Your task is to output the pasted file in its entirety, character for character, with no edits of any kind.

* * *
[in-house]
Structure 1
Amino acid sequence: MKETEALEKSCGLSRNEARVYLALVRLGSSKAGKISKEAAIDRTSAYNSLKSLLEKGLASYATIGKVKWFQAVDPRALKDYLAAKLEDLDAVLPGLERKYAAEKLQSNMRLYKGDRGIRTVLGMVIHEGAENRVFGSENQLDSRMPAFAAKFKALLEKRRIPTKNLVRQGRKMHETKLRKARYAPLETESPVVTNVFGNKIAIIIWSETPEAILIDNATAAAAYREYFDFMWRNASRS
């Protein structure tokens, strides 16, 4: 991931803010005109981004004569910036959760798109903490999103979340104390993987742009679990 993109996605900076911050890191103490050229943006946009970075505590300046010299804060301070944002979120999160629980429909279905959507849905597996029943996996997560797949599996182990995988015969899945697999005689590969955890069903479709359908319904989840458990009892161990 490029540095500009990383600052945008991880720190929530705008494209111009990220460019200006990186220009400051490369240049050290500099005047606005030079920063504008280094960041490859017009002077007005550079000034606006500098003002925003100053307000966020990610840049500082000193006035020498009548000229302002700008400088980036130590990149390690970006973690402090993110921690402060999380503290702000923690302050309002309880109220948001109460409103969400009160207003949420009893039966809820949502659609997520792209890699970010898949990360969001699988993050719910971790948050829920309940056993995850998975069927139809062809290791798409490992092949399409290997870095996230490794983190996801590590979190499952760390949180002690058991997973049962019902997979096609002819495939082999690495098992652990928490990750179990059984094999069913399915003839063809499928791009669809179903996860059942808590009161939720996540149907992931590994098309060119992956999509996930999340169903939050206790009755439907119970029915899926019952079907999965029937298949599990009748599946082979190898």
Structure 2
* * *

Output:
[in-house]
Structure 1
Amino acid sequence: MKETEALEKSCGLSRNEARVYLALVRLGSSKAGKISKEAAIDRTSAYNSLKSLLEKGLASYATIGKVKWFQAVDPRALKDYLAAKLEDLDAVLPGLERKYAAEKLQSNMRLYKGDRGIRTVLGMVIHEGAENRVFGSENQLDSRMPAFAAKFKALLEKRRIPTKNLVRQGRKMHETKLRKARYAPLETESPVVTNVFGNKIAIIIWSETPEAILIDNATAAAAYREYFDFMWRNASRS
């Protein structure tokens, strides 16, 4: 991931803010005109981004004569910036959760798109903490999103979340104390993987742009679990 993109996605900076911050890191103490050229943006946009970075505590300046010299804060301070944002979120999160629980429909279905959507849905597996029943996996997560797949599996182990995988015969899945697999005689590969955890069903479709359908319904989840458990009892161990 490029540095500009990383600052945008991880720190929530705008494209111009990220460019200006990186220009400051490369240049050290500099005047606005030079920063504008280094960041490859017009002077007005550079000034606006500098003002925003100053307000966020990610840049500082000193006035020498009548000229302002700008400088980036130590990149390690970006973690402090993110921690402060999380503290702000923690302050309002309880109220948001109460409103969400009160207003949420009893039966809820949502659609997520792209890699970010898949990360969001699988993050719910971790948050829920309940056993995850998975069927139809062809290791798409490992092949399409290997870095996230490794983190996801590590979190499952760390949180002690058991997973049962019902997979096609002819495939082999690495098992652990928490990750179990059984094999069913399915003839063809499928791009669809179903996860059942808590009161939720996540149907992931590994098309060119992956999509996930999340169903939050206790009755439907119970029915899926019952079907999965029937298949599990009748599946082979190898």
Structure 2